It was probably not an act of genius that inspired the organizers of the first Earth Day in 1970 to choose April as the time to celebrate the planet and lobby for its environmental protection. It is easy to love the Earth in spring: cheery birdsong fills the air as flocks of robins hop after worms in the greening grass, early blooms emerge, leaf buds swell and open, and fiddleheads unfurl from the damp ground, reaching for the strengthening sun.
Spring offers a sense of hope. It is a time – for people and nature – to brush off the dust and dullness of winter and start anew.
Earth Day began as a grassroots environmental demonstration that led to the passing of the Clean Air and Clean Water acts. Now, 42 years later, April 22 is both a celebration of steps made to protect the environment and a reminder that – in an era of over-packaged, over-processed consumerism – there is still much to be done.
I have read two articles this week about the importance of outdoor experiences. One indicated that children who play in the dirt develop stronger immune systems. The other revealed that kids who are involved in nature-based activities at a very young age adopt “pro-environmental behavior” as adults.
Earth day is celebrated by groups ranging from preschools to large environmental organizations. Its message varies from enjoying and exploring nature to reducing pollution and enacting energy efficiency in buildings, vehicles, and businesses. At its root, Earth Day is a reminder that maintaining and protecting natural resources – air, water, wild spaces to explore – is essential not only to human life, but our psyche as well.
What better time to appreciate that connection than spring, when we rush outside to savor the sweet air and sunshine?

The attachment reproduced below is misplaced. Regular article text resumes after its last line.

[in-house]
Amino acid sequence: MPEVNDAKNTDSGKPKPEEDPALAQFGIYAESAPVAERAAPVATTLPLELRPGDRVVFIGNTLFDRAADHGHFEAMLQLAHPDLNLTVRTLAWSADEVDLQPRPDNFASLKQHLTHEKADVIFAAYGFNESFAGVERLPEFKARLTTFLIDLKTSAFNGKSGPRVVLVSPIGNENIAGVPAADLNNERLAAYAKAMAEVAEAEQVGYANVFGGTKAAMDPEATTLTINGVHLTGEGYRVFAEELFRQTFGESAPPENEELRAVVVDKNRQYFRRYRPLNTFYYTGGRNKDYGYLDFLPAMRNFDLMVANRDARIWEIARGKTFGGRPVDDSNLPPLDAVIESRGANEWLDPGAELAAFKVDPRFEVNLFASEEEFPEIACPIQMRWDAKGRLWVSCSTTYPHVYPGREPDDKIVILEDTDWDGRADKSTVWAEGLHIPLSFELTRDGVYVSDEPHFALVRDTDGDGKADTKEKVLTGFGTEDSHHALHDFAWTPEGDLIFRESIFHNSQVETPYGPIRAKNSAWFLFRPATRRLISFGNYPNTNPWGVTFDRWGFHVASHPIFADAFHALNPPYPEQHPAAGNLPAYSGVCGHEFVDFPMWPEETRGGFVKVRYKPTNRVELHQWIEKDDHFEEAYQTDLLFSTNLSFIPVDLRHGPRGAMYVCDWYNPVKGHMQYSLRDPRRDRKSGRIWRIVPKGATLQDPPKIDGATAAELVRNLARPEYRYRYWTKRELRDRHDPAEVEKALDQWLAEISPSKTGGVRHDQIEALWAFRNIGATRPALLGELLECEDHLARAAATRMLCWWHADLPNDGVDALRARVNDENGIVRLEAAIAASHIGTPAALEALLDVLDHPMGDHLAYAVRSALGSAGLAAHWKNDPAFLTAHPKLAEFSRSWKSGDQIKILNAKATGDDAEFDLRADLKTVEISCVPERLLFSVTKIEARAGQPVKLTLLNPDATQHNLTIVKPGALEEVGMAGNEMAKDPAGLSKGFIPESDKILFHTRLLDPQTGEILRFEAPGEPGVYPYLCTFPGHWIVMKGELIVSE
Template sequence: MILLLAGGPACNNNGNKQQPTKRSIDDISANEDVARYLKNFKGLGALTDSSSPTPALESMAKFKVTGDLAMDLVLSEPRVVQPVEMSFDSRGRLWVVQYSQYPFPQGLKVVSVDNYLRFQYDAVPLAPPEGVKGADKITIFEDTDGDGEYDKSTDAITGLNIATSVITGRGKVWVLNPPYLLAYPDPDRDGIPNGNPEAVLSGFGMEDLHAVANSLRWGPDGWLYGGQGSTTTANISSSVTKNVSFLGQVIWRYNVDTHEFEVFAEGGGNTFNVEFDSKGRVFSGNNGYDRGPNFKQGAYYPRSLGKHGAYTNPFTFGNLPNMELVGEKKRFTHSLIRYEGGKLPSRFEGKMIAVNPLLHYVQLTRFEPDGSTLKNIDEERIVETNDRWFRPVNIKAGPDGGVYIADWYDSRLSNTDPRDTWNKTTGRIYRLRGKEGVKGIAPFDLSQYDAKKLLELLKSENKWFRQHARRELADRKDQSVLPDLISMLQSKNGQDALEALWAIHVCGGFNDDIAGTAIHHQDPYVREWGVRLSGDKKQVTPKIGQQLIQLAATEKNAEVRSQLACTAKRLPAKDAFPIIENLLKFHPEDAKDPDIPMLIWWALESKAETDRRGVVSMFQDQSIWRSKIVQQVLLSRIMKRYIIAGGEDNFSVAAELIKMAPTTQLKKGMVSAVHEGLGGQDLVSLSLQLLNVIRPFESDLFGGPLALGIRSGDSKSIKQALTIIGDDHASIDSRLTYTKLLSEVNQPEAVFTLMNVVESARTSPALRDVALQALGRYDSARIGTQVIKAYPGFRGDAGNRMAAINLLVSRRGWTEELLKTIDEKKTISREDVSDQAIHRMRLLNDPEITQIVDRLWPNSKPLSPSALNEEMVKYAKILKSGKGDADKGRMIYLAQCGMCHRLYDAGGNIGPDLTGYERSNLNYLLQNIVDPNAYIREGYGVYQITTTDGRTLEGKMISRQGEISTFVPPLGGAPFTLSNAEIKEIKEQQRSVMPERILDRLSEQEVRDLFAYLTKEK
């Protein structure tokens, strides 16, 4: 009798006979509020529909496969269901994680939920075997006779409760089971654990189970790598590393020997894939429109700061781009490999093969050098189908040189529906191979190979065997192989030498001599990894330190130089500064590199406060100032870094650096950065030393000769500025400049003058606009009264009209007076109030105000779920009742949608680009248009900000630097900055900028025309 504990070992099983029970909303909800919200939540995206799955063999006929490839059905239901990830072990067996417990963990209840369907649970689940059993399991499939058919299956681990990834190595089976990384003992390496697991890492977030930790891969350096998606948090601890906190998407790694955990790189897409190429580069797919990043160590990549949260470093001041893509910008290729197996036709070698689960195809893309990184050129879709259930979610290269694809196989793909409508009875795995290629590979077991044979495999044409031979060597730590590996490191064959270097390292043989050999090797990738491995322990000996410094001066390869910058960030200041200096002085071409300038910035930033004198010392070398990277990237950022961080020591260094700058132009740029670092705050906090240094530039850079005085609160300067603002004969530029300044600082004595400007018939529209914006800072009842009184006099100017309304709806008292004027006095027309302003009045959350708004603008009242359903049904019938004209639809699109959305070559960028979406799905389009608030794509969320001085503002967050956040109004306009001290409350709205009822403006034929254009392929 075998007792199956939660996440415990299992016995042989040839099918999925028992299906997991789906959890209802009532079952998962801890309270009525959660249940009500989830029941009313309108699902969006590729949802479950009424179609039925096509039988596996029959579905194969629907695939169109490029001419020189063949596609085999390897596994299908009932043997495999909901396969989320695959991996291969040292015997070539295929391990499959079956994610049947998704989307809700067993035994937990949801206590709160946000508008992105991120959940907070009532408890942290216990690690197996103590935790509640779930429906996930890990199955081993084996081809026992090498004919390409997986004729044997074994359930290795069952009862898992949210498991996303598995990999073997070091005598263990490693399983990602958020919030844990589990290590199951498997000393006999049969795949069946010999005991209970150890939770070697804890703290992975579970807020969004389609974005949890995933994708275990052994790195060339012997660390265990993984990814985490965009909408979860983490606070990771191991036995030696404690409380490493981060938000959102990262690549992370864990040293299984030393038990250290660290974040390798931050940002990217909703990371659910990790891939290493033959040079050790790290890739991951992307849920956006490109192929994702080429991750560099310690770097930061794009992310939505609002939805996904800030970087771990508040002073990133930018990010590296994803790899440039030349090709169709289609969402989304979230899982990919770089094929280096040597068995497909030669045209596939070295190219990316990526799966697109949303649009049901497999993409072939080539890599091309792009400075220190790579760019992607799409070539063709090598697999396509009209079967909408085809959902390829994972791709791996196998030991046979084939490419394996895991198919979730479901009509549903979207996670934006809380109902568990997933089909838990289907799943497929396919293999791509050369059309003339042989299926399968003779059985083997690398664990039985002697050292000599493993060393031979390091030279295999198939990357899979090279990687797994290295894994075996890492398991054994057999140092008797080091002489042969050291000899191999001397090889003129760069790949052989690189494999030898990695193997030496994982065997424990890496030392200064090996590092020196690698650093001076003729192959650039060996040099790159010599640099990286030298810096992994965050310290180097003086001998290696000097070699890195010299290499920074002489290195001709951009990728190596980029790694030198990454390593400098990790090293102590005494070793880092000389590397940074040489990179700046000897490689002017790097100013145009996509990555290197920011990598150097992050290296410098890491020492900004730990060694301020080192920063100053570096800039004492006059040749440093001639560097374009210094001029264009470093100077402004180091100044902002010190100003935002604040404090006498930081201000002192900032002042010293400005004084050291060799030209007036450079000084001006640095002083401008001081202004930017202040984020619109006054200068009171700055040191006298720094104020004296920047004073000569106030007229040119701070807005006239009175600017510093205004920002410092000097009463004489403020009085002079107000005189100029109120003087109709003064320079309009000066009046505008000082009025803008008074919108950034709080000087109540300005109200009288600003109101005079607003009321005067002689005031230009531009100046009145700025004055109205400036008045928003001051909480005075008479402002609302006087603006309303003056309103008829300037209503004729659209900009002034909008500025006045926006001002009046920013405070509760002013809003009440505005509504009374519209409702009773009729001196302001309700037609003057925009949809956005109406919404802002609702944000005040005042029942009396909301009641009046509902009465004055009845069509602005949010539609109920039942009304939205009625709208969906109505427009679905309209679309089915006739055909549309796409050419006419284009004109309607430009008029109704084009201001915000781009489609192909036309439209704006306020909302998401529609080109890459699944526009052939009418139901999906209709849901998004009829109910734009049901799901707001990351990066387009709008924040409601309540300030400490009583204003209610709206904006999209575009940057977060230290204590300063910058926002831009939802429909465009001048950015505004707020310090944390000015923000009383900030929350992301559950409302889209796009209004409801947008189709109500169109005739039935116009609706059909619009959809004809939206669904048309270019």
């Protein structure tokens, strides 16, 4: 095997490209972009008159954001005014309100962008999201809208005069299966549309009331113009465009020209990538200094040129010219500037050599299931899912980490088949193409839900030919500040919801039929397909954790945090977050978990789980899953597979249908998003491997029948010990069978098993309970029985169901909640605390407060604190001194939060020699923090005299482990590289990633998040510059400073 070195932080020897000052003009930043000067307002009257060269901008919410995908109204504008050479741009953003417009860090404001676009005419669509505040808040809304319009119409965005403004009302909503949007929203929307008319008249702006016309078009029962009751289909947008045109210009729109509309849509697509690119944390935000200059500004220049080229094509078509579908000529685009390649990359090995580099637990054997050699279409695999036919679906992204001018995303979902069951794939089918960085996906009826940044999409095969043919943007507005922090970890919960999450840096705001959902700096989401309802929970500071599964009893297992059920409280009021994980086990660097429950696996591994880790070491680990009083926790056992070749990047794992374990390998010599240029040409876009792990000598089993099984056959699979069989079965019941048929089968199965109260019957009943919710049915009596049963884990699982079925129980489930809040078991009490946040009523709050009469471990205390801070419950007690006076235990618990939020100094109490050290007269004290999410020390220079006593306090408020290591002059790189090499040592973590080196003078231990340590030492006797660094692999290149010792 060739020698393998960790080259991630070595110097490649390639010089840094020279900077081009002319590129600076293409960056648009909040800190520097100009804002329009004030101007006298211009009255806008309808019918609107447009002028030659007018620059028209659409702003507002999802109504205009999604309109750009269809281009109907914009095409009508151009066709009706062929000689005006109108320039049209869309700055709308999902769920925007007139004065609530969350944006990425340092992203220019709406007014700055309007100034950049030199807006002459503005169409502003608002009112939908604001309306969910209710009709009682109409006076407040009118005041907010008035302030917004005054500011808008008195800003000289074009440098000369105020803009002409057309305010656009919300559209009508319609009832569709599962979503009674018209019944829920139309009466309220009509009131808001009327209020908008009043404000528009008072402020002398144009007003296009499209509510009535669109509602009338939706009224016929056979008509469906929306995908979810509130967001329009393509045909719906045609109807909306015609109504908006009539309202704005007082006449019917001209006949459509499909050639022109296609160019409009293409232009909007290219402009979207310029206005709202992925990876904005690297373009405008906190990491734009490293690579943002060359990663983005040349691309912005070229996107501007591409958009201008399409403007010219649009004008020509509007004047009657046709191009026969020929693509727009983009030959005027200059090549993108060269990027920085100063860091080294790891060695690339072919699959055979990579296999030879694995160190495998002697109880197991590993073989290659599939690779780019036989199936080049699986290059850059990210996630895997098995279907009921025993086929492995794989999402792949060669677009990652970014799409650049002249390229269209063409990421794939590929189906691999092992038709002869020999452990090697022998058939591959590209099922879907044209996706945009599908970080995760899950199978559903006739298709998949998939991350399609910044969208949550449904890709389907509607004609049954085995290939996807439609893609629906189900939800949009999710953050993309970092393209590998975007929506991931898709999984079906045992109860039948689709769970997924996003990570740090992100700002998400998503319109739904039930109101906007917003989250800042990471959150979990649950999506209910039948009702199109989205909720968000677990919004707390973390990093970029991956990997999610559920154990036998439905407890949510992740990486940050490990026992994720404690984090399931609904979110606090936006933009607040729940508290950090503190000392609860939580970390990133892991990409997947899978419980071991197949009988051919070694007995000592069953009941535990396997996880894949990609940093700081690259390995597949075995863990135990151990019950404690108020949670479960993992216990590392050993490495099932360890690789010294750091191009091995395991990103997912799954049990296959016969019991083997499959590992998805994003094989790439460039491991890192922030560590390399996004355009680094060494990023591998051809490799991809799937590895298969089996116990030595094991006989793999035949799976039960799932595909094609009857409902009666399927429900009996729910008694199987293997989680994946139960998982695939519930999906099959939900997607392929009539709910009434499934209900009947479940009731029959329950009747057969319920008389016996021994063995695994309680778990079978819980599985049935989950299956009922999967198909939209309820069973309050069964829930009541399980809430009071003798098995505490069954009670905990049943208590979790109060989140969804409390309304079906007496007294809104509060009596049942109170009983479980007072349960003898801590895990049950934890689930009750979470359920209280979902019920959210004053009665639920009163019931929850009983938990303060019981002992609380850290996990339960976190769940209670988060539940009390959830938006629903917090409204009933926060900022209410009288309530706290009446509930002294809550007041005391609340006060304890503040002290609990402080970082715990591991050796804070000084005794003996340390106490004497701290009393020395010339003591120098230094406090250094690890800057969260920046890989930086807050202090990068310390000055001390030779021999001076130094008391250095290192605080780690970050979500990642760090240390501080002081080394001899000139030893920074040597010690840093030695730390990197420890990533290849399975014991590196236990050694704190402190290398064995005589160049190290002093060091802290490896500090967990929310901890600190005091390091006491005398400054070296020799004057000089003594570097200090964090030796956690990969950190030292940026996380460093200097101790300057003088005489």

Many local communities and organizations coordinate roadside clean-ups this time of year, as melting snow banks reveal a winter’s worth of litter. Businesses offer sales on eco-friendly items. The state Fish and Game Department and Department of Environmental Services team up to host their annual Discover WILD New Hampshire Day, featuring everything from wild animals to hybrid cars.
As a child of the ‘70s, I vaguely remember school discussions about saving the rainforest, and Woodsy Owl telling me to, “Give a Hoot, Don’t Pollute!” during Saturday morning cartoons. What made a more lasting impression, however, were days spent outside digging in garden dirt and playing in the sandbox, climbing mountains and swimming in clear, cool rivers, exploring the natural places just beyond the backyard and traveling to National Parks across the country with my family.
As a kid, I ran home from school on early spring days, looking for the first crocus in my mother’s garden. Seeing the earliest tiny, purple blossom of springtime was magical and joyful. Now I have children of my own, who love the greenness of summer, the crisp air and kaleidoscopic color of fall, the enchanting snow of winter, and the fresh blooms of spring.
I’m not sure which of us – the children or I – was more excited this spring to spot the first brave crocus poking through the dirt. We all ran to it and crouched down for a closer look. Then we smiled and turned our faces to the sun, stretching toward its warmth and reaching for the promise of spring.
For the Record-Littleton, April 13, 2012